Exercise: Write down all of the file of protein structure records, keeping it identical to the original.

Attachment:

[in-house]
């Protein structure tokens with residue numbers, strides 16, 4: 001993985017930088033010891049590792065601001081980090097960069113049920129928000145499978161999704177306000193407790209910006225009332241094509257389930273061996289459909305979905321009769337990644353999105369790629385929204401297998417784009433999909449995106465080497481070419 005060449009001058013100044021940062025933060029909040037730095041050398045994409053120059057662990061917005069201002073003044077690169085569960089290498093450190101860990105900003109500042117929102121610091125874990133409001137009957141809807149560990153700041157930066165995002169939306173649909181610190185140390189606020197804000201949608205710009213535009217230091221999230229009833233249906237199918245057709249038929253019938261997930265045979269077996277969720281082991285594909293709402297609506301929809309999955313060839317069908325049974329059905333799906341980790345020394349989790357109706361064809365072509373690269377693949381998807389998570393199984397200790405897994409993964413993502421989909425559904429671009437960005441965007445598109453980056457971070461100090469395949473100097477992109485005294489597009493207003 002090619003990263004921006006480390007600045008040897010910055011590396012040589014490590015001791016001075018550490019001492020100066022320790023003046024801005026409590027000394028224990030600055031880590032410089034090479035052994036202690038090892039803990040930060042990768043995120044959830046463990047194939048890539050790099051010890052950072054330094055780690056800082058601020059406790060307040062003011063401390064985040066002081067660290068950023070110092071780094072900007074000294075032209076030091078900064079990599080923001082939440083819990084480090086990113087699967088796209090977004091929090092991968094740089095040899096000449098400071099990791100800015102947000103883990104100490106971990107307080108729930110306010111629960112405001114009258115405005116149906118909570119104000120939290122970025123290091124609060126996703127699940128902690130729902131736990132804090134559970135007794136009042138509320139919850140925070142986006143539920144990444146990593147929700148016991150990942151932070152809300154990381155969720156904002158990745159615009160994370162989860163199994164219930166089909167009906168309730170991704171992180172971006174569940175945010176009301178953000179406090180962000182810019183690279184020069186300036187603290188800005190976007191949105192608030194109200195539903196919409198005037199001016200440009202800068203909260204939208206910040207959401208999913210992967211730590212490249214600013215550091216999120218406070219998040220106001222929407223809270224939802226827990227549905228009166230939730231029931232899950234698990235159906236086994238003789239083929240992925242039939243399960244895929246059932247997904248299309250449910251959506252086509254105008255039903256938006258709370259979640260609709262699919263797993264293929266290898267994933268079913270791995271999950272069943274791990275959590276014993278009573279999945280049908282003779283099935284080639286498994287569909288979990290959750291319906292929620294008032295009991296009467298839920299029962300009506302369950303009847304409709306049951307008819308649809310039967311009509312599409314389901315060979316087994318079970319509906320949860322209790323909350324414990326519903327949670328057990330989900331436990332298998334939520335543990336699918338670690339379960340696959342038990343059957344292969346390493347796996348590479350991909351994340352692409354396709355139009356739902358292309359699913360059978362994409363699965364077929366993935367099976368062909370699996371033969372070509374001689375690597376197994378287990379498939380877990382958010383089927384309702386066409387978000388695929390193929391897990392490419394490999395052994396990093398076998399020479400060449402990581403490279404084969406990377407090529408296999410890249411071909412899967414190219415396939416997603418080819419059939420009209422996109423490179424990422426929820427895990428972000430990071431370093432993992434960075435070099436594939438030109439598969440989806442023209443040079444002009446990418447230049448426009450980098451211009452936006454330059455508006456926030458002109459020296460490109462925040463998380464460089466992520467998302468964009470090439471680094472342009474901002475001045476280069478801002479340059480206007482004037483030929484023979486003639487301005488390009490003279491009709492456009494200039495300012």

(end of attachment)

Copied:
[in-house]
């Protein structure tokens with residue numbers, strides 16, 4: 001993985017930088033010891049590792065601001081980090097960069113049920129928000145499978161999704177306000193407790209910006225009332241094509257389930273061996289459909305979905321009769337990644353999105369790629385929204401297998417784009433999909449995106465080497481070419 005060449009001058013100044021940062025933060029909040037730095041050398045994409053120059057662990061917005069201002073003044077690169085569960089290498093450190101860990105900003109500042117929102121610091125874990133409001137009957141809807149560990153700041157930066165995002169939306173649909181610190185140390189606020197804000201949608205710009213535009217230091221999230229009833233249906237199918245057709249038929253019938261997930265045979269077996277969720281082991285594909293709402297609506301929809309999955313060839317069908325049974329059905333799906341980790345020394349989790357109706361064809365072509373690269377693949381998807389998570393199984397200790405897994409993964413993502421989909425559904429671009437960005441965007445598109453980056457971070461100090469395949473100097477992109485005294489597009493207003 002090619003990263004921006006480390007600045008040897010910055011590396012040589014490590015001791016001075018550490019001492020100066022320790023003046024801005026409590027000394028224990030600055031880590032410089034090479035052994036202690038090892039803990040930060042990768043995120044959830046463990047194939048890539050790099051010890052950072054330094055780690056800082058601020059406790060307040062003011063401390064985040066002081067660290068950023070110092071780094072900007074000294075032209076030091078900064079990599080923001082939440083819990084480090086990113087699967088796209090977004091929090092991968094740089095040899096000449098400071099990791100800015102947000103883990104100490106971990107307080108729930110306010111629960112405001114009258115405005116149906118909570119104000120939290122970025123290091124609060126996703127699940128902690130729902131736990132804090134559970135007794136009042138509320139919850140925070142986006143539920144990444146990593147929700148016991150990942151932070152809300154990381155969720156904002158990745159615009160994370162989860163199994164219930166089909167009906168309730170991704171992180172971006174569940175945010176009301178953000179406090180962000182810019183690279184020069186300036187603290188800005190976007191949105192608030194109200195539903196919409198005037199001016200440009202800068203909260204939208206910040207959401208999913210992967211730590212490249214600013215550091216999120218406070219998040220106001222929407223809270224939802226827990227549905228009166230939730231029931232899950234698990235159906236086994238003789239083929240992925242039939243399960244895929246059932247997904248299309250449910251959506252086509254105008255039903256938006258709370259979640260609709262699919263797993264293929266290898267994933268079913270791995271999950272069943274791990275959590276014993278009573279999945280049908282003779283099935284080639286498994287569909288979990290959750291319906292929620294008032295009991296009467298839920299029962300009506302369950303009847304409709306049951307008819308649809310039967311009509312599409314389901315060979316087994318079970319509906320949860322209790323909350324414990326519903327949670328057990330989900331436990332298998334939520335543990336699918338670690339379960340696959342038990343059957344292969346390493347796996348590479350991909351994340352692409354396709355139009356739902358292309359699913360059978362994409363699965364077929366993935367099976368062909370699996371033969372070509374001689375690597376197994378287990379498939380877990382958010383089927384309702386066409387978000388695929390193929391897990392490419394490999395052994396990093398076998399020479400060449402990581403490279404084969406990377407090529408296999410890249411071909412899967414190219415396939416997603418080819419059939420009209422996109423490179424990422426929820427895990428972000430990071431370093432993992434960075435070099436594939438030109439598969440989806442023209443040079444002009446990418447230049448426009450980098451211009452936006454330059455508006456926030458002109459020296460490109462925040463998380464460089466992520467998302468964009470090439471680094472342009474901002475001045476280069478801002479340059480206007482004037483030929484023979486003639487301005488390009490003279491009709492456009494200039495300012």